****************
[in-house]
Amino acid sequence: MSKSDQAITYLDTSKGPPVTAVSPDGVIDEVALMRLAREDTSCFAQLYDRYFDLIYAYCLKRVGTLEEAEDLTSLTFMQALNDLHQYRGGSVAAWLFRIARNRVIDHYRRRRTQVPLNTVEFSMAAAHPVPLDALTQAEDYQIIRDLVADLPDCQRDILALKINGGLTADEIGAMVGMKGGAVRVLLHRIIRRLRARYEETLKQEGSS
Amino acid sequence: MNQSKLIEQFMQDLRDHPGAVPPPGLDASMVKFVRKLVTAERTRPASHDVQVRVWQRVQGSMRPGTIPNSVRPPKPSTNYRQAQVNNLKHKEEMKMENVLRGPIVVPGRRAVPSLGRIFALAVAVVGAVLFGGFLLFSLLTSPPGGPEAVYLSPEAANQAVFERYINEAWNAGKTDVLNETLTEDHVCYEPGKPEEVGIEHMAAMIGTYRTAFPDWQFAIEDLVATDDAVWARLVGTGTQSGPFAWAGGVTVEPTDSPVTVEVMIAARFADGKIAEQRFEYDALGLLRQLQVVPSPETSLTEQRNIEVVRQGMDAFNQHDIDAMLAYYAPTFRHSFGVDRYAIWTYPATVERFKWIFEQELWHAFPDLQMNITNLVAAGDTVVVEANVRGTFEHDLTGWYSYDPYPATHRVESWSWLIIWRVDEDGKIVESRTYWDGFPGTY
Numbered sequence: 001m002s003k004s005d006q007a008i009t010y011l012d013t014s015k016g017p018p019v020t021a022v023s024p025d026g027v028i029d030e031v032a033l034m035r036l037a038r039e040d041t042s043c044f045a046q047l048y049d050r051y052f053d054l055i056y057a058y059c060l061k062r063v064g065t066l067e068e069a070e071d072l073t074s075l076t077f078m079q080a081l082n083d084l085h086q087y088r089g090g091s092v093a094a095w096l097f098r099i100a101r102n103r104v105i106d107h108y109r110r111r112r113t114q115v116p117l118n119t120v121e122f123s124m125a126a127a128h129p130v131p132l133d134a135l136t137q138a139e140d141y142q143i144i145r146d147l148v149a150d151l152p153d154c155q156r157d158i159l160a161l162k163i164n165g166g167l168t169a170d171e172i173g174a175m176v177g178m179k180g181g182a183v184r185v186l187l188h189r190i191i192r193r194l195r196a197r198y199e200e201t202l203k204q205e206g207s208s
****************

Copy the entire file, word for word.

[in-house]
Amino acid sequence: MSKSDQAITYLDTSKGPPVTAVSPDGVIDEVALMRLAREDTSCFAQLYDRYFDLIYAYCLKRVGTLEEAEDLTSLTFMQALNDLHQYRGGSVAAWLFRIARNRVIDHYRRRRTQVPLNTVEFSMAAAHPVPLDALTQAEDYQIIRDLVADLPDCQRDILALKINGGLTADEIGAMVGMKGGAVRVLLHRIIRRLRARYEETLKQEGSS
Amino acid sequence: MNQSKLIEQFMQDLRDHPGAVPPPGLDASMVKFVRKLVTAERTRPASHDVQVRVWQRVQGSMRPGTIPNSVRPPKPSTNYRQAQVNNLKHKEEMKMENVLRGPIVVPGRRAVPSLGRIFALAVAVVGAVLFGGFLLFSLLTSPPGGPEAVYLSPEAANQAVFERYINEAWNAGKTDVLNETLTEDHVCYEPGKPEEVGIEHMAAMIGTYRTAFPDWQFAIEDLVATDDAVWARLVGTGTQSGPFAWAGGVTVEPTDSPVTVEVMIAARFADGKIAEQRFEYDALGLLRQLQVVPSPETSLTEQRNIEVVRQGMDAFNQHDIDAMLAYYAPTFRHSFGVDRYAIWTYPATVERFKWIFEQELWHAFPDLQMNITNLVAAGDTVVVEANVRGTFEHDLTGWYSYDPYPATHRVESWSWLIIWRVDEDGKIVESRTYWDGFPGTY
Numbered sequence: 001m002s003k004s005d006q007a008i009t010y011l012d013t014s015k016g017p018p019v020t021a022v023s024p025d026g027v028i029d030e031v032a033l034m035r036l037a038r039e040d041t042s043c044f045a046q047l048y049d050r051y052f053d054l055i056y057a058y059c060l061k062r063v064g065t066l067e068e069a070e071d072l073t074s075l076t077f078m079q080a081l082n083d084l085h086q087y088r089g090g091s092v093a094a095w096l097f098r099i100a101r102n103r104v105i106d107h108y109r110r111r112r113t114q115v116p117l118n119t120v121e122f123s124m125a126a127a128h129p130v131p132l133d134a135l136t137q138a139e140d141y142q143i144i145r146d147l148v149a150d151l152p153d154c155q156r157d158i159l160a161l162k163i164n165g166g167l168t169a170d171e172i173g174a175m176v177g178m179k180g181g182a183v184r185v186l187l188h189r190i191i192r193r194l195r196a197r198y199e200e201t202l203k204q205e206g207s208s